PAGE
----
Written by Amanda Barrell
Despite only being a Boy Scout for one day, Jarret Roberts
has had a love for the outdoors since he was little. Roberts was born
and raised in Boulder, Colorado and some of his favorite childhood
memories consist of hiking in the foothills behind his parent’s house
near NCAR, visits to Rocky Mountain National Park in Estes Park, and
In 2009, Roberts heard from one of his friends in the Student
Conservation Assocation about a seasonal position opening up at
Wildlands Restoration Volunteers. His previous experience and knowledge
from working with the City of Boulder Junior Rangers and SCA gave
Roberts an edge and he got the job with WRV.
“WRV is a lot like the Junior Ranger program, but on a much larger
scale,” Roberts said. “Change [that] happens in a weekend would take
three to four months with the Junior Ranger program.”
Reaching out to over 5,000 people, Wildlands Restoration Volunteers
is a non-profit organization that provides an opportunity for people to
come together, learn about their natural environment, and take direct
action to restore and care for the land.
Today, Roberts is the Community Programs Director for WRV, a position
that incorporates training, project planning and marketing. As a
relatively small non-profit, WRV trains and positions their volunteers
as leaders within the organization.
“We rely on volunteer leadership. Fifty percent of what WRV does is
community building, training people and giving them skills so that the
community itself can do the restoration. The other fifty percent of the
time is spent with on-the-ground projects.”
Running over 75 projects each season, WRV hosts 12-20 volunteer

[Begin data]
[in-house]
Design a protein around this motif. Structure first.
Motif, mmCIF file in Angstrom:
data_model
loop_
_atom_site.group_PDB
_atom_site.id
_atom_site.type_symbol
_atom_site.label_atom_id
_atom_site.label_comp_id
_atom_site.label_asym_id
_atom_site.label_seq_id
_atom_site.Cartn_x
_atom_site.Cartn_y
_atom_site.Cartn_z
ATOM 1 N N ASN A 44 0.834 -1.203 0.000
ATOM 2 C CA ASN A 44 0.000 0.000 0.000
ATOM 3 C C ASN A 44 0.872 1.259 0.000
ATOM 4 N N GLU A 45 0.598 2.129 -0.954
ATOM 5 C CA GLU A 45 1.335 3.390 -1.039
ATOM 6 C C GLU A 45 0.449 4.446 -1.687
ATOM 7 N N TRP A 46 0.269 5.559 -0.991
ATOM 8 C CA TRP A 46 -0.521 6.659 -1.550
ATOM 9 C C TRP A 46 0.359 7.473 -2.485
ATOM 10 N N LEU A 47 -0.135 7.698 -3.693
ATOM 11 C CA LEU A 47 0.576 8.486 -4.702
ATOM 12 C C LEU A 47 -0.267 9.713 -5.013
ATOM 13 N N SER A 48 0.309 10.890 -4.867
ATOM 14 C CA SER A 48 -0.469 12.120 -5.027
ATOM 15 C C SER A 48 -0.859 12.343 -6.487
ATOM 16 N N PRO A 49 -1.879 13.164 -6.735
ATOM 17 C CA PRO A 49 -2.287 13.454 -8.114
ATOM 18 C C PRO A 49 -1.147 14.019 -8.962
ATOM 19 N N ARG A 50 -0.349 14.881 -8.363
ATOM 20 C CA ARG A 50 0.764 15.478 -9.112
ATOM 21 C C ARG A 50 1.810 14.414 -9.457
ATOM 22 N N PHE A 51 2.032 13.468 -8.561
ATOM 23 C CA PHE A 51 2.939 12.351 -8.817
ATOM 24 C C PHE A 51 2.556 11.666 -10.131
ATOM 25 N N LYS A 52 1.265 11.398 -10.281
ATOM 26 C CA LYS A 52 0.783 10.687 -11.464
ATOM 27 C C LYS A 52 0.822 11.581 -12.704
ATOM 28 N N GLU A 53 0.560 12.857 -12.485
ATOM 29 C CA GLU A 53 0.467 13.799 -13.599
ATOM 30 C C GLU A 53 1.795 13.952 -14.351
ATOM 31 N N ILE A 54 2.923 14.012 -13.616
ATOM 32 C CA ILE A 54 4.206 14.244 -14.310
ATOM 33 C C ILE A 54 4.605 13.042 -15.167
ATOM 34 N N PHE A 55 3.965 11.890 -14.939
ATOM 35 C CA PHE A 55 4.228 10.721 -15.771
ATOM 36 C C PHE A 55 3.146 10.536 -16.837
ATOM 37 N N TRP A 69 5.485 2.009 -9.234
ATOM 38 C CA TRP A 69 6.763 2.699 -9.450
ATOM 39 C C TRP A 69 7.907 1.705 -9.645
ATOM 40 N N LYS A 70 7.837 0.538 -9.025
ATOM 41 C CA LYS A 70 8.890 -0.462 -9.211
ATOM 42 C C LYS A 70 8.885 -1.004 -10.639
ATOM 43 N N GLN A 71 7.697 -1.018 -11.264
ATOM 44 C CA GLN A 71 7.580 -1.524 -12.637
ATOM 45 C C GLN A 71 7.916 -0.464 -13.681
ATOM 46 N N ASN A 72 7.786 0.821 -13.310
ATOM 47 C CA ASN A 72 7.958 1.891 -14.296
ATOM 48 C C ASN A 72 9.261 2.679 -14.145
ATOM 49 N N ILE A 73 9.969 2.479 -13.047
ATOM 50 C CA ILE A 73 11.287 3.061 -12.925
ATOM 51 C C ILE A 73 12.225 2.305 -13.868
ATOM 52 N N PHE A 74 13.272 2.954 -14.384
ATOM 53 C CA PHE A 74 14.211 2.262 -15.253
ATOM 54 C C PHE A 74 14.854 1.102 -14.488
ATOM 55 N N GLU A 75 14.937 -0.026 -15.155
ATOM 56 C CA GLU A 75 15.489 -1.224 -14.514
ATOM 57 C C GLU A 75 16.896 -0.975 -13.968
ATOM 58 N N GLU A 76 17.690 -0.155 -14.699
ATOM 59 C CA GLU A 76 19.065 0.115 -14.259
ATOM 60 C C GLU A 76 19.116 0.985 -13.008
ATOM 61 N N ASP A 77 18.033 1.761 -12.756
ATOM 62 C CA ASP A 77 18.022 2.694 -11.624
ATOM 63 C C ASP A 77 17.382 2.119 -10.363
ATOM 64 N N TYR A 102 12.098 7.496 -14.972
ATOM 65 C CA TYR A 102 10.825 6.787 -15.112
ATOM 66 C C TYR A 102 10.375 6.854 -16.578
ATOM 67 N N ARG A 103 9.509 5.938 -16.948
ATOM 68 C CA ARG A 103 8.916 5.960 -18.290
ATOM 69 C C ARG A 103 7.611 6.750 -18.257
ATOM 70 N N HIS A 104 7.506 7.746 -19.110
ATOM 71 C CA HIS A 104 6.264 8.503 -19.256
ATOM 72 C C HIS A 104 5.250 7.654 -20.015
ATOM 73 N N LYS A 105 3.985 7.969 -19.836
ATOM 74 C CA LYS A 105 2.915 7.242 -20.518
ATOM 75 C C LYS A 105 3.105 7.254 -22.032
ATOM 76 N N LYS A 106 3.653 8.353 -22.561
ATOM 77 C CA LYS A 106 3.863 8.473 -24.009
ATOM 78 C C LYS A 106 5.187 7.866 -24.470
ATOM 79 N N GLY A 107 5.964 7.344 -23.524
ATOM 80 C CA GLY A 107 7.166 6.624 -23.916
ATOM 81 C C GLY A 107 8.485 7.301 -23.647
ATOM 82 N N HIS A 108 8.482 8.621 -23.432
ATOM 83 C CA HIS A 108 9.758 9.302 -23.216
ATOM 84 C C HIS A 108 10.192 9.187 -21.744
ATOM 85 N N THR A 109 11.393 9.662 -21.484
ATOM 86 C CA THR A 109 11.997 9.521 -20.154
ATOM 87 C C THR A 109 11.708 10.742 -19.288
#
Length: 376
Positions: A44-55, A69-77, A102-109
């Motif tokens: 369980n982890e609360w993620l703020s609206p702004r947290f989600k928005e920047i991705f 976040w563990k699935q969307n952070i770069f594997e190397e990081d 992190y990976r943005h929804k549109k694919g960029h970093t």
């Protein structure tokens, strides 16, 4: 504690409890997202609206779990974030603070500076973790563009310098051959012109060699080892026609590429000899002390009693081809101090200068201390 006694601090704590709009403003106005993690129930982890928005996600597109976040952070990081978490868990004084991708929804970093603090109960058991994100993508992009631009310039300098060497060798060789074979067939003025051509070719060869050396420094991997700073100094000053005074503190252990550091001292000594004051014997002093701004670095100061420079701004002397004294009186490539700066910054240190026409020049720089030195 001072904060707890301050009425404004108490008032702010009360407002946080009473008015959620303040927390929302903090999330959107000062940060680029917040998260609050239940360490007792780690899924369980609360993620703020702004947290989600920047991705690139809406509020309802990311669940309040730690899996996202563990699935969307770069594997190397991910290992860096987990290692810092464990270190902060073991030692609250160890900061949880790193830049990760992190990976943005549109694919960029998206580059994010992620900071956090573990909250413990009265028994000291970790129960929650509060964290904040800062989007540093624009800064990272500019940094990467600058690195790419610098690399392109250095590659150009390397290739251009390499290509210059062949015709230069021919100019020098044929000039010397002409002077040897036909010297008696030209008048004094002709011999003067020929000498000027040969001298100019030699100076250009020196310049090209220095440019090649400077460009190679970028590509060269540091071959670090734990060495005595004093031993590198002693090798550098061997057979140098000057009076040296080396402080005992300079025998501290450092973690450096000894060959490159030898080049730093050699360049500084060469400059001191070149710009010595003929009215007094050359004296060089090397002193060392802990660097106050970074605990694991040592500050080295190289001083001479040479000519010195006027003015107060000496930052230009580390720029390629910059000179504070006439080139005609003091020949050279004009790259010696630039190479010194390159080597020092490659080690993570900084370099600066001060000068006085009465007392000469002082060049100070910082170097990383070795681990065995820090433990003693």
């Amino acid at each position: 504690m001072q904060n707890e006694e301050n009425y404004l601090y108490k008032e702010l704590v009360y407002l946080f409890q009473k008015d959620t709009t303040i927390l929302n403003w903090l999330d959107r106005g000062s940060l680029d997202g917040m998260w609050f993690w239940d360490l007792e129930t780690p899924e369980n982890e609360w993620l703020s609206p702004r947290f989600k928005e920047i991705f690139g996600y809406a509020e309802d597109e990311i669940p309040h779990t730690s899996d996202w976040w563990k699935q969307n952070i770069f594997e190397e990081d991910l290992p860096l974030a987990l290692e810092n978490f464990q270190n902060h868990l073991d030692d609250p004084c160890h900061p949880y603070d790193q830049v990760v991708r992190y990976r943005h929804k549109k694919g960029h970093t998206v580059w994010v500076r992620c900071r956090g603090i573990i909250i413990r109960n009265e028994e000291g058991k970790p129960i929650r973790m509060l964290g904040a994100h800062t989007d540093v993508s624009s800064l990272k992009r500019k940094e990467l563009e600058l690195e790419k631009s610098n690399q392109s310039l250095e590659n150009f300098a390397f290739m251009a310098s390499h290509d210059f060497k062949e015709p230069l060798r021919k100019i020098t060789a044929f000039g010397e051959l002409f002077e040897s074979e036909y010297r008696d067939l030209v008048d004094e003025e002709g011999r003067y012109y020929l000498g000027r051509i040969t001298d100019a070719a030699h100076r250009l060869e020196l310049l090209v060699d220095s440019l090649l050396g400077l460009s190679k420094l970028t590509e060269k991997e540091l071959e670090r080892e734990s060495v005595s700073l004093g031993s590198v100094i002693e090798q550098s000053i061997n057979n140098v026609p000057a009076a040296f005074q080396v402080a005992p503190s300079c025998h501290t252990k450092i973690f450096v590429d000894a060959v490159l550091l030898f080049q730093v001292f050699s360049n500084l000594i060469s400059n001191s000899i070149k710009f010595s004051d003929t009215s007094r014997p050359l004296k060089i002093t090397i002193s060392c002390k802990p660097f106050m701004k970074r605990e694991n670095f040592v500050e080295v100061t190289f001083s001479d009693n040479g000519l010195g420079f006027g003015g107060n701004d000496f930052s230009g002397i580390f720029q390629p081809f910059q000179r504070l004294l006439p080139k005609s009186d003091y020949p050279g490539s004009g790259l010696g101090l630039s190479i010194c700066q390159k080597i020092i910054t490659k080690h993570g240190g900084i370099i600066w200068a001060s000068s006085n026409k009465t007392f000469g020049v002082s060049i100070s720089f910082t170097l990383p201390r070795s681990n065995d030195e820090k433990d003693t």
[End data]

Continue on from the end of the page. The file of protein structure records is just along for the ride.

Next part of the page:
training sessions each spring, helping to train volunteers as crew
leaders, those helping to lead the volunteer groups; tool managers who
manage the tools and equipment; project leaders, those helping to run
the projects who, when trained will run up to eighty to ninety percent
of the projects; technical advisors, who are the ones who plan and
design the actual projects, and cooks.
Because WRV relies so heavily on volunteer interaction and leadership, Roberts admits that no day is ever the same.
“There is no typical day, which is part of what I love about this
job. We all work crazy, crazy hours because we’re working a lot with
volunteers. Probably a third to half my weekends I’m doing something
and a lot of evenings, which is really cool because it gives me
flexibility to take off and go for a hike in the morning.”
Of course, being so passionate about the work that he does, it’s easy for Roberts to find things he enjoys about WRV.
“Working with WRV, most of us love the outdoors or appreciate them,
and we get a benefit from the land, but the land doesn’t benefit from us
using it. It’s a one-way street. This is one of the few opportunities
where it’s beneficial for the land; it’s a symbiotic relationship. I
get to see growth in the environment and growth in people. When those
two things are put together, that’s an unbelievably powerful thing.”
Looking to the future, Roberts is really excited to further
developing the Youth Program within WRV. In the past three years,
they’ve come from bare bones to engaging over 500 youth a year, doing
10-15 projects with them. Wildlands Restoration Volunteers is also
excited about becoming a bigger presence statewide, expanding their
network and connections in Colorado. For more info about getting
involved with Wildlands Restoration Volunteers, visit their website.